Statistical analysis

We used the Fisher’s exact test for investigating the enrichment and depletion of advanced levels of tumor grade, stage and size in different subgroups along the CLEAR scale. Spearman and Kendall’s tau correlation tests were used for evaluation of candidate signatures that contributed to the tumor prognosis ranking. Spearman correlation coefficient by exact test was used to analyze the correlation of three ranking queue. Kaplan-Meier survival test was used to assess the association of cancer-specific survival with the sample subgroups. Significance was determined using the log rank test. Other clinical covariates including age, tumor stage and tumor grade were compared to the outcome using univariate and multivariate Cox proportional hazards modeling. Log rank and likelihood ratio tests were done for multivariate modeling to assess statistical significance. All tests were performed using the R statistical computing package (http://www.r-project.org).

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Acknowledgements

Tissue samples were provided by the Cooperative Human Tissue Network which is funded by the National Cancer Institute. We would like to thank the Van Andel Research Institute for support. We would like to sincerely thank Dr. Birgitta Sundelin, Dr. David Grignon and Dr. Shiro Baba for contributing tissue samples and Spectrum Health System Department of Pathology and Michigan Pathology Specialists for preparing and providing tissue samples. We would also like to thank Elizabeth Block, Jonathon Ditlev, and Michael Westfall for their assistance in running the samples. This study was supported by Institute of Bioengineering and Nanotechnology (Biomedical Research Council, Agency for Science, Technology and Research, Singapore). This project supported by SPF funding with grant no. IBN/11-B21001.

Author information

Author notes

    • Xiaona Wei
    • , Yukti Choudhury
    •  & Min-Han Tan

    Present address: Institute of Bioengineering and Nanotechnology, 31 Biopolis Way, The Nanos, 138669, Singapore, Republic of Singapore

Affiliations

  1. Lucence Diagnostics Pte Ltd, Singapore, Republic of Singapore

    • Yukti Choudhury
    •  & Min-Han Tan
  2. Cancer Stem Cell Biology Program, Duke-NUS Graduate Medical School, 8 College Road, Singapore, 169857, Republic of Singapore

    • Weng Khong Lim
    •  & Bin Tean Teh
  3. Urologic Consultants, 25 Michigan Street, Suite 3300, Grand Rapids, MI, 49503, USA

    • John Anema
  4. Division of Urology, Spectrum Health Medical Group, 4069 Lake Drive SE, Suite 313, Grand Rapids, MI, 49546, USA

    • Richard J. Kahnoski
    •  & Brian Lane
  5. Western Michigan Urological Associates, 577 Michigan Avenue, Suite 201, Holland, MI, 49423, USA

    • John Ludlow
  6. Department of Urology, Institute of Biomedical Sciences, Tokushima University Graduate School, 3-18-15, Kuramoto-cho, Tokushima, 770-8503, Japan

    • Masayuki Takahashi
    •  & Hiro-omi Kanayama
  7. FACS, Institute of Urologic Oncology, Department of Urology, David Geffen School of Medicine, University of California Los Angeles, 66-118 Center for Health Sciences Box 951738, Los Angeles, CA, 90095, USA

    • Arie Belldegrun
  8. Division of Urology, Cedars-Sinai Medical Center, 8635W. Third Street, Suite 1070, Los Angeles, CA, 90048, USA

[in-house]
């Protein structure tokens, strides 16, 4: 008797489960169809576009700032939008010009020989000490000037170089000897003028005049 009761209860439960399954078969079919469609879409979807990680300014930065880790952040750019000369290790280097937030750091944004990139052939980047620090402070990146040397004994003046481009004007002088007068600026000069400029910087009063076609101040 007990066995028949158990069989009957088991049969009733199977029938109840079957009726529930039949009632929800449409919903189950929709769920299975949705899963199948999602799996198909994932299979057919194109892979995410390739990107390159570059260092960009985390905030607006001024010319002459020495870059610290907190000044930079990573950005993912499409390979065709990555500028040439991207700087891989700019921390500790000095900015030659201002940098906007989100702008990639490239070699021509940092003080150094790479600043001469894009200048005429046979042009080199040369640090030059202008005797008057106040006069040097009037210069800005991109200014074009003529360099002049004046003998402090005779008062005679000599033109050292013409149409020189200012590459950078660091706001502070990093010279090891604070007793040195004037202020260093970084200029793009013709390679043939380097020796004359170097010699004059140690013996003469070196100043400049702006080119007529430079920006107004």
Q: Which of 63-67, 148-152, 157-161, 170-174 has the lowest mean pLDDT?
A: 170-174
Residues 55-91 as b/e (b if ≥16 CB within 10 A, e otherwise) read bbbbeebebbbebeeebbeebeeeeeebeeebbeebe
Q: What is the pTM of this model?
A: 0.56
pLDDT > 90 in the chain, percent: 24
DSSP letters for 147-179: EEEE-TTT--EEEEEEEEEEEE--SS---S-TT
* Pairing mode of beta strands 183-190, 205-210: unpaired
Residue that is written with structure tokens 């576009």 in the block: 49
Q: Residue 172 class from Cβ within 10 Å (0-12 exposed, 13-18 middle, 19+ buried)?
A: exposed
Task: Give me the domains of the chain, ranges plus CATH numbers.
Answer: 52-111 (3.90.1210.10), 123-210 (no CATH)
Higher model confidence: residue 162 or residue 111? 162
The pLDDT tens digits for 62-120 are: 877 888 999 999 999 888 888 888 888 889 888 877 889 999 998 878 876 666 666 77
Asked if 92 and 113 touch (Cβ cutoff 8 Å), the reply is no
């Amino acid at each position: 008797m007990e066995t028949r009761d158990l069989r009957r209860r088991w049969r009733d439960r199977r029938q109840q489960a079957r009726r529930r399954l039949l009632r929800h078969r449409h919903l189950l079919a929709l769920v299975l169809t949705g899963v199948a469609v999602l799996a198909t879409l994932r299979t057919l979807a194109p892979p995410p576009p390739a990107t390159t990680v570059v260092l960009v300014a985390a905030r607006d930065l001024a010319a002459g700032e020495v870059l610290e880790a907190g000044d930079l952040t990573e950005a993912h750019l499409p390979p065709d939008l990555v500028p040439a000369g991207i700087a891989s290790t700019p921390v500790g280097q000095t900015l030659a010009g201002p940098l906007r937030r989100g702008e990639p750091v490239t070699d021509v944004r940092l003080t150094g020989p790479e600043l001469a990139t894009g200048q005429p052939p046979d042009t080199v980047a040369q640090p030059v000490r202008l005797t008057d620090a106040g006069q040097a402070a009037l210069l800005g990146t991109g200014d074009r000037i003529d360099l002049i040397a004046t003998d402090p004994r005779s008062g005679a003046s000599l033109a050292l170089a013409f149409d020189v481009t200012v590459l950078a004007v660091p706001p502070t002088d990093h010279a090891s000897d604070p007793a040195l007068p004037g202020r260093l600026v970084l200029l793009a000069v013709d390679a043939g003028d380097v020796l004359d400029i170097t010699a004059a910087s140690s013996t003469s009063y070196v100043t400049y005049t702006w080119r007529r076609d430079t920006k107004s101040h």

• Hyung L. Kim
  9. Vattikuti Urology Institute, Henry Ford Hospital, 2799W. Grand Blvd, Detroit, MI, USA

    • Craig Rogers
  10. Department of Urology, The Royal Marsden NHS Foundation Trust, 203 Fulham Road, London, SW3 6JJ, UK

    • David Nicol
  11. The Institute of Cancer Research, 123 Old Brompton Road, London, SW7 3RP, UK

    • David Nicol
  12. Laboratory of Cancer Epigenome, National Cancer Centre Singapore, 11 Hospital Drive, Singapore, 169610, Republic of Singapore

    • Bin Tean Teh
  13. Cancer Science Institute of Singapore, National University of Singapore, 14 Medical Drive, #12-01, Singapore, 117599, Republic of Singapore

    • Weng Khong Lim
    • , Bin Tean Teh
    •  & Min-Han Tan
  14. Division of Medical Oncology, National Cancer Centre Singapore, 11 Hospital Drive, Singapore, 169610, Republic of Singapore

    • Min-Han Tan
  15. MRL IT, MSD International GmbH (Singapore Branch), 1 Fusionopolis Place, #06-10/07-18, Galaxis, Singapore, 138522, Republic of Singapore

    • Xiaona Wei

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Contributions

Min-Han Tan had full access to all the data in the study and takes responsibility for the integrity of the data and the accuracy of the data analysis. Study concept and design: Wei, Choudhury, Teh, Tan. Acquisition of data: Anema, Kahnoski, Lane, Ludlow, Takahash, Kanayama, Belldegrun, Kim, Rogers, Nicol, Teh, Tan. Analysis and interpretation of data: Wei, Choudhury, Tan. Drafting of the manuscript: Wei, Tan. Critical revision of the manuscript for important intellectual content: Wei, Lim, Teh, Tan. Statistical analysis: Wei. Obtaining funding: Tan. Administrative, technical, or material support: None. Supervision: Tan. Other (specify): None.

Competing Interests

Min-Han Tan certifies that all conflicts of interest, including specific financial interests and relationships and affiliations relevant to the subject matter or materials discussed in the manuscript (eg, employment/affiliation, grants or funding, consultancies, honoraria, stock ownership or options, expert testimony, royalties, or patents filed, received, or pending), are the following: Y. Choudhury, B.T. Teh and M.-H. Tan have filed for a separate and unrelated patent involving molecular diagnostics of renal cell carcinoma, not involving the methods presented here.

Corresponding authors

Correspondence to Bin Tean Teh or Min-Han Tan.